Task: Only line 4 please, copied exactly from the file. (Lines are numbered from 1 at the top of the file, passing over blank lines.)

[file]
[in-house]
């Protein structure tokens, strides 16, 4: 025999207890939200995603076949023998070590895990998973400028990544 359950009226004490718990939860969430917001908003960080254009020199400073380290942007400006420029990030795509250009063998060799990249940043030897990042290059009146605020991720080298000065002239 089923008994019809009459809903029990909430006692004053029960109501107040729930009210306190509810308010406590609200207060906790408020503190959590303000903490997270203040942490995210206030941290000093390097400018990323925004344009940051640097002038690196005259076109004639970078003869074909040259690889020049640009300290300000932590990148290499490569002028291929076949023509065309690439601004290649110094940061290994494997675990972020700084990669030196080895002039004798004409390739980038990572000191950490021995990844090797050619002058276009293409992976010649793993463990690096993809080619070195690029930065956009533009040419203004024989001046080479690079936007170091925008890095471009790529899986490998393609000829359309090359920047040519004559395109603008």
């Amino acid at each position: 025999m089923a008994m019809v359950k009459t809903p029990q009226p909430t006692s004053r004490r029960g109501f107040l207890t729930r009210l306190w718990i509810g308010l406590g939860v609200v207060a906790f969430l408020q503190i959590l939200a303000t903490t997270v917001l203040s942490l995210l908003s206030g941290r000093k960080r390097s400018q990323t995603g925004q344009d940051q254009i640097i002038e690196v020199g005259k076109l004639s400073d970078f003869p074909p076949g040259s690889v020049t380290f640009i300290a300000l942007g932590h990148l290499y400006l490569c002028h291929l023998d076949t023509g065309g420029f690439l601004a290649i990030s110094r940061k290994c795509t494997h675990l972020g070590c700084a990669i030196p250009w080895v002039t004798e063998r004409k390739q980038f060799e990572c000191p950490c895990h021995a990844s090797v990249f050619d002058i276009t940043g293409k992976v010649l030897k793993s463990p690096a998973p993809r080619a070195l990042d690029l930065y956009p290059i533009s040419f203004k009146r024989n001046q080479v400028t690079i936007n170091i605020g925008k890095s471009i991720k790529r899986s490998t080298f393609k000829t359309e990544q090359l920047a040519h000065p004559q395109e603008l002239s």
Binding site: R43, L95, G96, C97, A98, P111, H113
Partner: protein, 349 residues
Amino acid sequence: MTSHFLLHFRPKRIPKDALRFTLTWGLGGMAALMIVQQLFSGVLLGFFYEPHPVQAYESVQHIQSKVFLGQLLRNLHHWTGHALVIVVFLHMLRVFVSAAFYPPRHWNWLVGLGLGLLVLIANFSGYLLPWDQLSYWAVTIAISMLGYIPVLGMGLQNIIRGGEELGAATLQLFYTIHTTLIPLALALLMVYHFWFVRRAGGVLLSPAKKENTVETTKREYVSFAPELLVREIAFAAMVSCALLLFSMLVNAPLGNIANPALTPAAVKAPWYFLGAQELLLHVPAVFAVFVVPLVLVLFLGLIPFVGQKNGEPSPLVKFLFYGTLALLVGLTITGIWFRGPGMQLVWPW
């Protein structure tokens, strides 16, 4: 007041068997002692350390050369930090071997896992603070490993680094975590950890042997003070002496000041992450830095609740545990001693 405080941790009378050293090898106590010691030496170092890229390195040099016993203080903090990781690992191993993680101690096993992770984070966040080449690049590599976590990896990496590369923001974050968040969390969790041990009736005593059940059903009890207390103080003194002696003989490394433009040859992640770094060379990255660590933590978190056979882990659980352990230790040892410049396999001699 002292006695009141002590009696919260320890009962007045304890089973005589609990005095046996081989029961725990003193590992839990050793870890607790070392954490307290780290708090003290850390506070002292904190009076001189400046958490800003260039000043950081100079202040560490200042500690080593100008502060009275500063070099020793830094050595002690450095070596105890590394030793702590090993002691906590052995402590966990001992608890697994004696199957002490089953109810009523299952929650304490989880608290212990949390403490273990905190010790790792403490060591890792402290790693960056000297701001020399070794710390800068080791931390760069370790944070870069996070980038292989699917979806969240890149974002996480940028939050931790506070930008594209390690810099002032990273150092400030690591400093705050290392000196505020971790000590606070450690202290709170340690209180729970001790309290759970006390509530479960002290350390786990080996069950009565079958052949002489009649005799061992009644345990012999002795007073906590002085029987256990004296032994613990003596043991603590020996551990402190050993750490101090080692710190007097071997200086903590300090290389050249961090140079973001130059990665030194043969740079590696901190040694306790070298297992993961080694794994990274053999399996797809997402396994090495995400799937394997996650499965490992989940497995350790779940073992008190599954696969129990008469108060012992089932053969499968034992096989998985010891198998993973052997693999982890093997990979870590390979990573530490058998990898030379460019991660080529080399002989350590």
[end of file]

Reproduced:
Binding site: R43, L95, G96, C97, A98, P111, H113